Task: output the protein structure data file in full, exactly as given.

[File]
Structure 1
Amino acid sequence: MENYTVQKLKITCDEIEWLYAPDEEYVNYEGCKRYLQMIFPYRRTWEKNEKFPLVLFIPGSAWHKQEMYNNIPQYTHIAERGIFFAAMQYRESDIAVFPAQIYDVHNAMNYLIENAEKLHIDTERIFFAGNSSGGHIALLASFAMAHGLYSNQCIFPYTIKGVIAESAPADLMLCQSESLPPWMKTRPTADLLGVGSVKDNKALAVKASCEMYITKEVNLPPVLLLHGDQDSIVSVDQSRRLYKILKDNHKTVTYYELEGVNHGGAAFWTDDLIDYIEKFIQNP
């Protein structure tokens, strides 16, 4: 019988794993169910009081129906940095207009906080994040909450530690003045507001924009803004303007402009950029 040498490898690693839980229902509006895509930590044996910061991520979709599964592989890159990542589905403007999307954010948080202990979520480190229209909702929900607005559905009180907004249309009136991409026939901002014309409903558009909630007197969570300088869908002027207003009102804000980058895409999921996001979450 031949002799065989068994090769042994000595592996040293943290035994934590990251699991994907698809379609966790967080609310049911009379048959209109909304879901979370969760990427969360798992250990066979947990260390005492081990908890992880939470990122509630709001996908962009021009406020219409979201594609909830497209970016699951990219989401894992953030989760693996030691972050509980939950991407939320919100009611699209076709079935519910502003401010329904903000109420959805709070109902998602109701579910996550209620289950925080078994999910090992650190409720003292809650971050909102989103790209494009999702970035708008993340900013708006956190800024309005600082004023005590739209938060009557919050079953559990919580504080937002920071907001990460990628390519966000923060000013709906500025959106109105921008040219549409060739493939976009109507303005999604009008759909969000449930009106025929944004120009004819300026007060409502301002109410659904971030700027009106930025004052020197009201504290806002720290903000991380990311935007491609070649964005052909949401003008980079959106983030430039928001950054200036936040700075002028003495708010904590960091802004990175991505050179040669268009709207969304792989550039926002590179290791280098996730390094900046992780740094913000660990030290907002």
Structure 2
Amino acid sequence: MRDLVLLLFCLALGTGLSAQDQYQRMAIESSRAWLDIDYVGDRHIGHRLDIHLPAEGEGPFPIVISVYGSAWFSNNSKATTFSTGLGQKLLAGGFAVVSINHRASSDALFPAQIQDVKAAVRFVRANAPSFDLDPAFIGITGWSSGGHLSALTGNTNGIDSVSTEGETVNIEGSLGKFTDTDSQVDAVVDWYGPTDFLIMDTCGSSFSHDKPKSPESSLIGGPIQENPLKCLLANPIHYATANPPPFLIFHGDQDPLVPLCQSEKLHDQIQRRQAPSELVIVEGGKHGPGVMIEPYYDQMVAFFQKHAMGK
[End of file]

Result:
Structure 1
Amino acid sequence: MENYTVQKLKITCDEIEWLYAPDEEYVNYEGCKRYLQMIFPYRRTWEKNEKFPLVLFIPGSAWHKQEMYNNIPQYTHIAERGIFFAAMQYRESDIAVFPAQIYDVHNAMNYLIENAEKLHIDTERIFFAGNSSGGHIALLASFAMAHGLYSNQCIFPYTIKGVIAESAPADLMLCQSESLPPWMKTRPTADLLGVGSVKDNKALAVKASCEMYITKEVNLPPVLLLHGDQDSIVSVDQSRRLYKILKDNHKTVTYYELEGVNHGGAAFWTDDLIDYIEKFIQNP
């Protein structure tokens, strides 16, 4: 019988794993169910009081129906940095207009906080994040909450530690003045507001924009803004303007402009950029 040498490898690693839980229902509006895509930590044996910061991520979709599964592989890159990542589905403007999307954010948080202990979520480190229209909702929900607005559905009180907004249309009136991409026939901002014309409903558009909630007197969570300088869908002027207003009102804000980058895409999921996001979450 031949002799065989068994090769042994000595592996040293943290035994934590990251699991994907698809379609966790967080609310049911009379048959209109909304879901979370969760990427969360798992250990066979947990260390005492081990908890992880939470990122509630709001996908962009021009406020219409979201594609909830497209970016699951990219989401894992953030989760693996030691972050509980939950991407939320919100009611699209076709079935519910502003401010329904903000109420959805709070109902998602109701579910996550209620289950925080078994999910090992650190409720003292809650971050909102989103790209494009999702970035708008993340900013708006956190800024309005600082004023005590739209938060009557919050079953559990919580504080937002920071907001990460990628390519966000923060000013709906500025959106109105921008040219549409060739493939976009109507303005999604009008759909969000449930009106025929944004120009004819300026007060409502301002109410659904971030700027009106930025004052020197009201504290806002720290903000991380990311935007491609070649964005052909949401003008980079959106983030430039928001950054200036936040700075002028003495708010904590960091802004990175991505050179040669268009709207969304792989550039926002590179290791280098996730390094900046992780740094913000660990030290907002």
Structure 2
Amino acid sequence: MRDLVLLLFCLALGTGLSAQDQYQRMAIESSRAWLDIDYVGDRHIGHRLDIHLPAEGEGPFPIVISVYGSAWFSNNSKATTFSTGLGQKLLAGGFAVVSINHRASSDALFPAQIQDVKAAVRFVRANAPSFDLDPAFIGITGWSSGGHLSALTGNTNGIDSVSTEGETVNIEGSLGKFTDTDSQVDAVVDWYGPTDFLIMDTCGSSFSHDKPKSPESSLIGGPIQENPLKCLLANPIHYATANPPPFLIFHGDQDPLVPLCQSEKLHDQIQRRQAPSELVIVEGGKHGPGVMIEPYYDQMVAFFQKHAMGK